Meet the Acrobatic Nashville Warbler

Learn how to identify Nashville warblers. See what these tiny, active songbirds look like, learn about their habitat and what they like to eat.

nashville warblerCourtesy Andy RauppHow to Identify Nashville Warblers

A Nashville warbler’s most distinct marking is its white eye ring. Also look for a gray head and a yellow throat and chest. This bird was discovered by pioneer birder Alexander Wilson in Nashville, Tennessee. Despite its name, this warbler doesn’t nest in Tennessee. The species breeds much farther north in bogs and coniferous woods, among other habitats. During spring migration, look for the quick, active Nashville warbler in thickets and small trees. They primarily spend the winter in Mexico.

Nashville warblers eat insects, so they seldom come to bird feeders. However, you may be able to attract these birds with a birdbath, because migrating warblers are strongly drawn to water.

“I took this photo of an acrobatic Nashville warbler hanging on my backyard cherry tree in spring. It’s special to me because I live in the suburbs and don’t often see migrating warblers in my yard. This Nashville warbler was catching insects buzzing around the blooms,” says Andy Raupp of Elgin, Illinois.

Check out 10 spring warblers you should know.

nashville warblerCourtesy Trisha Snider

“There’s a nice quiet spot along the cliffs in a little village in Ontario called Port Bruce. I love spending a few quiet days there in fall, watching the warblers migrate. You just never know what you might see. On this particular day, a beautiful Nashville warbler made an appearance and was quite photogenic as I sat and photographed it,” says Trisha Snider of St. Thomas, Ontario.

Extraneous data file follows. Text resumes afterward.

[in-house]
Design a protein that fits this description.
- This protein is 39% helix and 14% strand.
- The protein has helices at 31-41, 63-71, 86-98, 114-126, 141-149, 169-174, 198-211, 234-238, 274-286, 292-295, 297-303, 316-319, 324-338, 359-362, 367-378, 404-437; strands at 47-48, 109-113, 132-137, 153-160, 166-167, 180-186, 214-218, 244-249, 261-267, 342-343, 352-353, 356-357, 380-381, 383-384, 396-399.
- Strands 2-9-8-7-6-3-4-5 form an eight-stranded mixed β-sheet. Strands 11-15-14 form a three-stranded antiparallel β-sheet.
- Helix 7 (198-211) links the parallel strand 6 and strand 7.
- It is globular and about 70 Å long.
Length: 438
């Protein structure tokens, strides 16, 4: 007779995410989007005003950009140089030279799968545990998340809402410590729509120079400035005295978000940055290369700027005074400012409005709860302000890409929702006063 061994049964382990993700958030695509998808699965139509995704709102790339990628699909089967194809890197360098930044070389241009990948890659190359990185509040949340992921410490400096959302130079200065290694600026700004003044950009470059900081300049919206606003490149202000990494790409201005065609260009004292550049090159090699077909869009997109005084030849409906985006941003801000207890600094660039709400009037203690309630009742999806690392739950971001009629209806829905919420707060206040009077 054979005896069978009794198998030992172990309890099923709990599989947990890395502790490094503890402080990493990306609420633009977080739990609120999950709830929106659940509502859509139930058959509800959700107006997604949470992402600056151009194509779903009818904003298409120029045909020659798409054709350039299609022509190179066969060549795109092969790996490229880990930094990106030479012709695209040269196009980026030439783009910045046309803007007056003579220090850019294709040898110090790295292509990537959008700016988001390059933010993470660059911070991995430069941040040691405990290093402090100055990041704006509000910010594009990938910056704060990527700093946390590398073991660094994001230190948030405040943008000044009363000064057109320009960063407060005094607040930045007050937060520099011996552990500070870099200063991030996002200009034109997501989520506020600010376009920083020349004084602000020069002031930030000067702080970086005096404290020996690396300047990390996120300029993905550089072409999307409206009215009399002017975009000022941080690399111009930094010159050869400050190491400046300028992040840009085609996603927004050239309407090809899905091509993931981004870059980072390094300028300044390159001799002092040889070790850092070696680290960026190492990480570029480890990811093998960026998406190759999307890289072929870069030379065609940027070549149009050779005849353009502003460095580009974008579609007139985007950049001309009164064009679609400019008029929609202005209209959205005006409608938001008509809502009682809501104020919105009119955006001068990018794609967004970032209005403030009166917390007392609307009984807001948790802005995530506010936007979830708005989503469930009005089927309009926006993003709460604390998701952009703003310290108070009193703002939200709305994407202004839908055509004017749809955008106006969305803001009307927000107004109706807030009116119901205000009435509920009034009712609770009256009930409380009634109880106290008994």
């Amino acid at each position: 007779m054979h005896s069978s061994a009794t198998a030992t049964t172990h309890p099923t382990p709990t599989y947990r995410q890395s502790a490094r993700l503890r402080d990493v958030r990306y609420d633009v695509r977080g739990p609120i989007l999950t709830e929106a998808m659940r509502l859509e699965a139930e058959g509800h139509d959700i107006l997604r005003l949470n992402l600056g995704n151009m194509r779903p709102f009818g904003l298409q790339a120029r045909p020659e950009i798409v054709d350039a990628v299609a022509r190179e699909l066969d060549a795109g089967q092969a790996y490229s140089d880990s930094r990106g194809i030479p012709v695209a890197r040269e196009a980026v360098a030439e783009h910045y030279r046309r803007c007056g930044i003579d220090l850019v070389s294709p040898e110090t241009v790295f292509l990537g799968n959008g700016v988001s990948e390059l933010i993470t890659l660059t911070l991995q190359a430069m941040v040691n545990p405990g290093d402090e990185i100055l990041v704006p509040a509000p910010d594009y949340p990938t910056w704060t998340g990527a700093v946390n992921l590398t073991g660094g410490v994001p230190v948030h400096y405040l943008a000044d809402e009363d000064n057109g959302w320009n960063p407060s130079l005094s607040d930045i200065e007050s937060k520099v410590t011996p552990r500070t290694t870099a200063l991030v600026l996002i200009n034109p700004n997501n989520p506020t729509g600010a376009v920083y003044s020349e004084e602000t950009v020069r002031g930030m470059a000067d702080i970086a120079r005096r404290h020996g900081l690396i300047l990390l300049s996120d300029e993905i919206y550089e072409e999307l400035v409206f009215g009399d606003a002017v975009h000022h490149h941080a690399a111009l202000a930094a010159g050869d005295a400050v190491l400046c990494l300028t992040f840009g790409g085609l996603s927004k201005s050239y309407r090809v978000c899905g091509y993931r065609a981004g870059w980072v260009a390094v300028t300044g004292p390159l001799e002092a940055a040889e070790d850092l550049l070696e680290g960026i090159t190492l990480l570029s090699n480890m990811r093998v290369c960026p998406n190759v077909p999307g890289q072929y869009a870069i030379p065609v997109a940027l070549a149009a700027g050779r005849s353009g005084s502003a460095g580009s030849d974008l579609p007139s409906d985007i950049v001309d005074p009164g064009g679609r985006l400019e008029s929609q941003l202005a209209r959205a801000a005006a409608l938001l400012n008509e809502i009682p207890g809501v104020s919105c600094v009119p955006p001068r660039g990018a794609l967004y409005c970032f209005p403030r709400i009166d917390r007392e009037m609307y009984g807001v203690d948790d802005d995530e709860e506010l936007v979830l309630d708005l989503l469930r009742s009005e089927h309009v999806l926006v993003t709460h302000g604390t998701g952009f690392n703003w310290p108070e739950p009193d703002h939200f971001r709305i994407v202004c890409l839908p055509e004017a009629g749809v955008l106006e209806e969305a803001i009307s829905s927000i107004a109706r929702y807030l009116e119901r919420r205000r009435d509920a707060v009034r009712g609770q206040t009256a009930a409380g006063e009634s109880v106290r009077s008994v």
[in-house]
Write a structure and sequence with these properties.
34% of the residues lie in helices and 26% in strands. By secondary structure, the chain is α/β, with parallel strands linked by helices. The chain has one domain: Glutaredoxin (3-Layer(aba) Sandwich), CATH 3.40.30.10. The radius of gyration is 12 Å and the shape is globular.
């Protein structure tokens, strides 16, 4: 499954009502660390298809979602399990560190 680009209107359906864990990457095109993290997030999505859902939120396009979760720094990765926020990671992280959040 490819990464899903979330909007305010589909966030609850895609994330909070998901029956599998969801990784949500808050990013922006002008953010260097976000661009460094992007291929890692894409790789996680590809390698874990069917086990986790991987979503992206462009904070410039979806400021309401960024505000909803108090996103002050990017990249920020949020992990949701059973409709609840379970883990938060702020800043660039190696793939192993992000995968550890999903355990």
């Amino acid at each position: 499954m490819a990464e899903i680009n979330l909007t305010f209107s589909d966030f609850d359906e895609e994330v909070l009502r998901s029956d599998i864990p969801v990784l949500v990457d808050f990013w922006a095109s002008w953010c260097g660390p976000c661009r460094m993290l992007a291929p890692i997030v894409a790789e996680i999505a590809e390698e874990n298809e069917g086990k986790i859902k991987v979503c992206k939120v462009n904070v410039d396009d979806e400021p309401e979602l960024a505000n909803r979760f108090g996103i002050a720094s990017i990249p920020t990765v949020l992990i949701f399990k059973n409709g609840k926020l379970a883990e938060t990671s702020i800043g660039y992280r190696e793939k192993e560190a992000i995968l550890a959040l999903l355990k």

Next, learn how to identify yellow warblerspalm warblersmagnolia warblers and Wilson’s warblers.

Lori Vanover
Lori has 20 years of experience writing and editing home, garden, birding and lifestyle content for several publishers. As Birds & Blooms senior digital editor, she leads a team of writers and editors sharing birding tips and expert gardening advice. Since joining Trusted Media Brands 13 years ago, she has held roles in digital and print, editing magazines and books, curating special interest publications, managing social media accounts, creating digital content and newsletters, and working with the Field Editors—Birds & Blooms network of more than 50 backyard birders. Passionate about animals and nature, Lori has a Bachelor of Science degree in Agricultural and Environmental Communications from the University of Illinois. In 2023, she became certified as a Wisconsin Extension Master Gardener, and she is a member of the Wisconsin Society for Ornithology and sits on the organization's Publications Advisory Committee. She frequently checks on her bird feeders while working from home and tests new varieties of perennials, herbs and vegetable plants in her ever-growing backyard gardens.